What is our aim with History & Geography at Springfield? (Intent) Our intent is to deliver the content outlined in the History & Geography programme of study within the National Curriculum. In Geography lessons, we inspire in pupils a curiosity and fascination about the world and its people that will remain with them for the rest of their lives. In History, we enable pupils to see themselves in the curriculum and prepare them for life in modern Britain. Pupils will develop a well-rounded knowledge of the past and its events, with intention to improve every pupils’ cultural capital, understanding of the world around them as well as their own heritage.
We aim for pupils to become ‘more expert’ with each study and grow an ever broadening and coherent understanding of the subject. This guards against superficial, disconnected and fragmented historical and geographical knowledge. Specific and associated historical/geographical vocabulary is planned sequentially and cumulatively. A guiding principle of our curriculum is that each study draws upon prior learning. We use the CUSP model curriculum.
What does this look like in our classrooms? (Implementation) A clear progression of skills is implemented for pupils from Year 3 to Year 6. Skills, knowledge, concepts and vocabulary are continually revisited and are built upon to ensure that pupils make, or exceed, expected progress. Concepts and vocabulary are explicitly taught in context and built upon through each unit of work across the school.
THINKING LIKE A GEOGRAPHER OR HISTORIAN - Pupils make more sense and deeper understanding of the substantive concepts and knowledge by using what they know through disciplinary knowledge. Teachers use ‘Thinking Hard Tasks’ to consolidate or elaborate pupil thinking.
Geography The implementation of our curriculum ensures balanced coverage of the four main themes outlined in the National Curriculum: Geographic and skills fieldwork; locational knowledge; human and physical; and place knowledge.
History The curriculum is taught chronologically so that pupils gain an understanding of their place in time and how each historical event ‘fits in’ to the wider context. Our curriculum ensures balanced coverage of the following concepts: community, knowledge, invasion, civilisation, power and democracy.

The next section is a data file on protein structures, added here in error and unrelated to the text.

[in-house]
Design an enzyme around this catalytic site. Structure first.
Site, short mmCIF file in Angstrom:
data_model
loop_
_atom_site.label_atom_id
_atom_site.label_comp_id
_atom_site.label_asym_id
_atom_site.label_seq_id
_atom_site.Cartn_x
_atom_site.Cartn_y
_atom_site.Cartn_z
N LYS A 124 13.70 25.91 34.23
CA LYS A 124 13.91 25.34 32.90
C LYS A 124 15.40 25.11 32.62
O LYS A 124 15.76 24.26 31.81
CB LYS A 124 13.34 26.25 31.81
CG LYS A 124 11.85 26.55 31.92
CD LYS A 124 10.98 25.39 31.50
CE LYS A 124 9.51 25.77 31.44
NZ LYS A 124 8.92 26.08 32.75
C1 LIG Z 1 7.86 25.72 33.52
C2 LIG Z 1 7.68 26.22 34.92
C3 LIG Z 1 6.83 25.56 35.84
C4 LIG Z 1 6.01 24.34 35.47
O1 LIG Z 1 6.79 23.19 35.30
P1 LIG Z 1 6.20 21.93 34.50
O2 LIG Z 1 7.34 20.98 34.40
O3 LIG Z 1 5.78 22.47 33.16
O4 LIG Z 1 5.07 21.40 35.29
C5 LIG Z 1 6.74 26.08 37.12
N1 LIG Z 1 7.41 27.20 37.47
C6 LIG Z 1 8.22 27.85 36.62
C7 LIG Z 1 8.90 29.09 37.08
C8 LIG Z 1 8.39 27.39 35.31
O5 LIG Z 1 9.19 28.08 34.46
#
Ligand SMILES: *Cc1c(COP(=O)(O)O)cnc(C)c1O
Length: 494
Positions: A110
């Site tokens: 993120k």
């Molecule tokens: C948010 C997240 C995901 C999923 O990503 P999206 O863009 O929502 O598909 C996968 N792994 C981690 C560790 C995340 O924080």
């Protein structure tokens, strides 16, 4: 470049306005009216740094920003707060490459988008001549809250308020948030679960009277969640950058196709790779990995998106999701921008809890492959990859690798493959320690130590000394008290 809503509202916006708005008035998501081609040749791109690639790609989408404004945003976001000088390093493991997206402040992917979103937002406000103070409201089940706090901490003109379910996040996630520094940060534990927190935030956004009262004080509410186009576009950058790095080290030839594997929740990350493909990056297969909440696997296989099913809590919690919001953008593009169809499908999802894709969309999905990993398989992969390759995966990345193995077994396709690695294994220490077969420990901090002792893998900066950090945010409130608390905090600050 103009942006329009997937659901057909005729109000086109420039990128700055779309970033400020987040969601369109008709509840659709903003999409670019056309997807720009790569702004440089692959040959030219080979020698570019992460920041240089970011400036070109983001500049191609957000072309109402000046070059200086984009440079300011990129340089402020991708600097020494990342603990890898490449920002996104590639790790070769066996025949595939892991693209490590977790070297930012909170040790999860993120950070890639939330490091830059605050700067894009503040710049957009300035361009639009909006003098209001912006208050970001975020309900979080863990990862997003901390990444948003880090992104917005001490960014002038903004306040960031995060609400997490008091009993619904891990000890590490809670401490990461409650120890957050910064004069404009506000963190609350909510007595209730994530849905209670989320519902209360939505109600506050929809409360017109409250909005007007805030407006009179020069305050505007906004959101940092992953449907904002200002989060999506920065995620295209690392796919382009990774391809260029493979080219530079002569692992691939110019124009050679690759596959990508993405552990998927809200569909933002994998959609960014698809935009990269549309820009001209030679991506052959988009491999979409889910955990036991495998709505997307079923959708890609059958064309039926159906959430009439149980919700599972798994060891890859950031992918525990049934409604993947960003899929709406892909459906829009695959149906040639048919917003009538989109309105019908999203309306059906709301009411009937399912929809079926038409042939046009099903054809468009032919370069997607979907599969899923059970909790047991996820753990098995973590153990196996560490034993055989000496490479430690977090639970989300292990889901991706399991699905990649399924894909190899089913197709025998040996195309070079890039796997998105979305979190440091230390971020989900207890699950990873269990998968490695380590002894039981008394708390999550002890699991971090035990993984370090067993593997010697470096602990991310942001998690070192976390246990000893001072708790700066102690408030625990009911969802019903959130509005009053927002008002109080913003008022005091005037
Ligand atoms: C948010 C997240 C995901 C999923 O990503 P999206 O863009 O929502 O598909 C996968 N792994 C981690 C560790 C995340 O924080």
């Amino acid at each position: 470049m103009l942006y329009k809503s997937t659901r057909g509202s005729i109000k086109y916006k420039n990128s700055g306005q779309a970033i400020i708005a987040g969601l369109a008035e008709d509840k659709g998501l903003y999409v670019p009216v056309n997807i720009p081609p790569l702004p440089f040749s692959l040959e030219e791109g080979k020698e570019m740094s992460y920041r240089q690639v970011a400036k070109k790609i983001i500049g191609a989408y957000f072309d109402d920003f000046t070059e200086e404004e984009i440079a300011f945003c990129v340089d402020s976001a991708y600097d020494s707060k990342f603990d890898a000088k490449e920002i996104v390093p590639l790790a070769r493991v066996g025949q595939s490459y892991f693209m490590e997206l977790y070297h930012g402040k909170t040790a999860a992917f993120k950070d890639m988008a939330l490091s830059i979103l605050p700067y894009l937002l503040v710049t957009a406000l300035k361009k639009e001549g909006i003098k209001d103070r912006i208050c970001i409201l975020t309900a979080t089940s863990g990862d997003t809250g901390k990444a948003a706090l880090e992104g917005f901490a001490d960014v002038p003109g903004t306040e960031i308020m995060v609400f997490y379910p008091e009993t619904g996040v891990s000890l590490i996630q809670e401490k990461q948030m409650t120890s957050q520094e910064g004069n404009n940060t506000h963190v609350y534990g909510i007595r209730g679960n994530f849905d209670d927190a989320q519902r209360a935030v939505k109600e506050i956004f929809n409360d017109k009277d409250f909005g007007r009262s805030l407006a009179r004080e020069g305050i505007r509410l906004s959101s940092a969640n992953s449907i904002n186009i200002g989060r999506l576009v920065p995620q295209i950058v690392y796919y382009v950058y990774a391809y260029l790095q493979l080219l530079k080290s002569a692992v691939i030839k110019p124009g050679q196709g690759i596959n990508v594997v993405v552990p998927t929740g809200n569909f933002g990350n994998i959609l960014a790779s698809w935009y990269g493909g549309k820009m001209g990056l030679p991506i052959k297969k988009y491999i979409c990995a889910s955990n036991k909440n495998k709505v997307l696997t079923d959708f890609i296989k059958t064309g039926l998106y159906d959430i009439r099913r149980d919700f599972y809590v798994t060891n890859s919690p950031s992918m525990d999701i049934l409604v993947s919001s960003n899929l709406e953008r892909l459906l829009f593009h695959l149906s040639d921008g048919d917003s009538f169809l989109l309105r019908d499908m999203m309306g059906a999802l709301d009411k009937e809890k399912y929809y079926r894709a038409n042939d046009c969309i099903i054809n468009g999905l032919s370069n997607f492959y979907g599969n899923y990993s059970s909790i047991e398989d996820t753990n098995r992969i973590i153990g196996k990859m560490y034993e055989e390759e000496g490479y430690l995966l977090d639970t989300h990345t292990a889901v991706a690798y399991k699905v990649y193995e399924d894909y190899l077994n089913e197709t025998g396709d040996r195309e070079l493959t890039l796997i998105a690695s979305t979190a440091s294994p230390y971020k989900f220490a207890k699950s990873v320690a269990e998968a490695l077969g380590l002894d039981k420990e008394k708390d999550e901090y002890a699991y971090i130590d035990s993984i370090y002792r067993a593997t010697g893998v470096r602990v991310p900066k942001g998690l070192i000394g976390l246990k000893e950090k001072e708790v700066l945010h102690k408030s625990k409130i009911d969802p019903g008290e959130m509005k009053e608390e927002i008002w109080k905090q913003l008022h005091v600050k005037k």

Within History & Geography sessions we aim to support pupils by: *Promoting pupil voice *Displaying learning, skills and vocabulary, in the classroom, on our 'Loops of Learning' wall *Using an enquiry led approach; key questions and ancillary questions *Providing a diverse curriculum *Creating opportunities for pupil to have wider experiences; visits, trips
Vocabulary Vocabulary forms a key part of our curriculum. Therefore, subject specific Tier 2 and Tier 3 words are identified in each module. Supporting pupils in the acquisition of knowledge, through the use of key concepts, terms, and vocabulary, provides opportunities to build a shared and consistent understanding. Knowledge organisers and notes, displays, along with regular retrieval practice, will be used to support this approach.
How do we support all learners? We strive to meet the needs of all pupils, whatever their ability or level of need. Children have the right to progress and reach their potential. By adapting our teaching, we support the needs of those children who have disabilities, English as an additional language or special gifts and talents.
We use the FFT website to identify which pupils are making progress and are able to meet the expected standard for individual year groups.
Teachers use a range of creative ideas to challenge our most able pupils including tailored questioning. Learner groups, including EAL and Pupil Premium, are analysed through school data and relevant action is taken to ensure that all groups are catered for appropriately. For example, pre-teaching of vocabulary and key knowledge enables pupils to access learning in the classroom.